The first Yama: Ahimsa or the path to non-violence

As I mentioned in my previous post, The Yamas – Introduction, there are five yamas. The first one is named Ahimsa which can be translated to non-violence. However, as I will try to convey to you here, it means so much more.

Ahimsa refers to non-violence but also to non-harming as well as compassion for all things and people. In everyday life this can be applied by respecting your body through the food you ingest, by limiting your aggressive and demeaning behavior towards others (and yourself), and/or by having the emotional strength to try and alleviate the suffering of others.

In the Yoga practice, as a teacher it may mean to create a safe place for students to learn and practice, approaching students with compassion and understanding. And then, for students, it may mean respecting your body and its limits, not hurting yourself. Then for some, this principle can be applied to food, whereas vegetarianism stems from this yama, vegetarians choosing not to eat meat as they consider the killing of animals to be a from of violence.

Unfortunately, violence is so commonly accepted as a normal form of interaction in our society that many of us don’t even realise the extent to which it has overtaken us. Our thoughts and our actions towards one and other reflect the toxicity of violence in our lives. It has become so engrained in our behavior that we do not even notice how we are treating each other. Some will say that we have done what was necessary to adapt, but I beg to differ. I think that this violence is slowly killing us, destroying our relationships, turning us into indifferent insensitive beings. But it doesn’t have to be this way…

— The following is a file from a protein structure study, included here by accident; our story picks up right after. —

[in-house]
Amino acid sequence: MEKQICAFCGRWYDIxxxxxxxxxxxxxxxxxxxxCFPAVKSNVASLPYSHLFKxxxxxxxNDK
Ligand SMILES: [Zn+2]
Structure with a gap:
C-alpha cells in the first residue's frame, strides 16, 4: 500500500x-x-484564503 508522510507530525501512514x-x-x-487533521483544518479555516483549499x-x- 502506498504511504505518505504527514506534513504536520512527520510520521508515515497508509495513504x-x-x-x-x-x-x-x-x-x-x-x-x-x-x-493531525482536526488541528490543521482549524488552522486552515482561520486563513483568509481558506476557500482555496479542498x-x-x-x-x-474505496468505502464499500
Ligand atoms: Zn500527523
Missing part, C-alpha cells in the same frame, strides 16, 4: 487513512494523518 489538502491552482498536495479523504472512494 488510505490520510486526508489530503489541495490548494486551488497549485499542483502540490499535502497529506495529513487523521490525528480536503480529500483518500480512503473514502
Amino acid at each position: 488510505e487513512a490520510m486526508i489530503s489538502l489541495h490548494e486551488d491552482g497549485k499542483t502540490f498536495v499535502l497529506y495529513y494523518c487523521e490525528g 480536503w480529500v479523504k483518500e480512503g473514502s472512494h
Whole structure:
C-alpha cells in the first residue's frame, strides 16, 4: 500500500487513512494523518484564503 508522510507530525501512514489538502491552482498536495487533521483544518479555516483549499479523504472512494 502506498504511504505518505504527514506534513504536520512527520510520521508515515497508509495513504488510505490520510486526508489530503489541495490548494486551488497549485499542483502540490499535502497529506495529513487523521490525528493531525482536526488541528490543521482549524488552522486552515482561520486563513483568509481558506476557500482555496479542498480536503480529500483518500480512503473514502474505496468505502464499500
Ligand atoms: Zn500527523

I have mentioned thoughts, actions and behaviors. This is exactly how violence is triggered: as the thought emerges, the action is taken and then repeated creating and reinforcing this pattern. But as we have explored the subject before, what we practice grows stronger. Not only do we have the choice, we have the ability to completely change our behavior. Granted, it takes time and perseverance to modify such strong patterns, but by restraining ourselves little by little from violent behavior, actions and thoughts, it is possible.

So today, right now, stop and take a good long look at your life. Do not judge yourself only become aware of what is. Start with little changes, notice as thought patterns emerge and mindfully decide to no longer partake in any forms of violence against yourself and others, whether through words, thoughts or actions. This is the first step, the base on which you can build a new life, whatever your past has seen. Forgive. Forget. Love again. Embrace life. Om Shanti.

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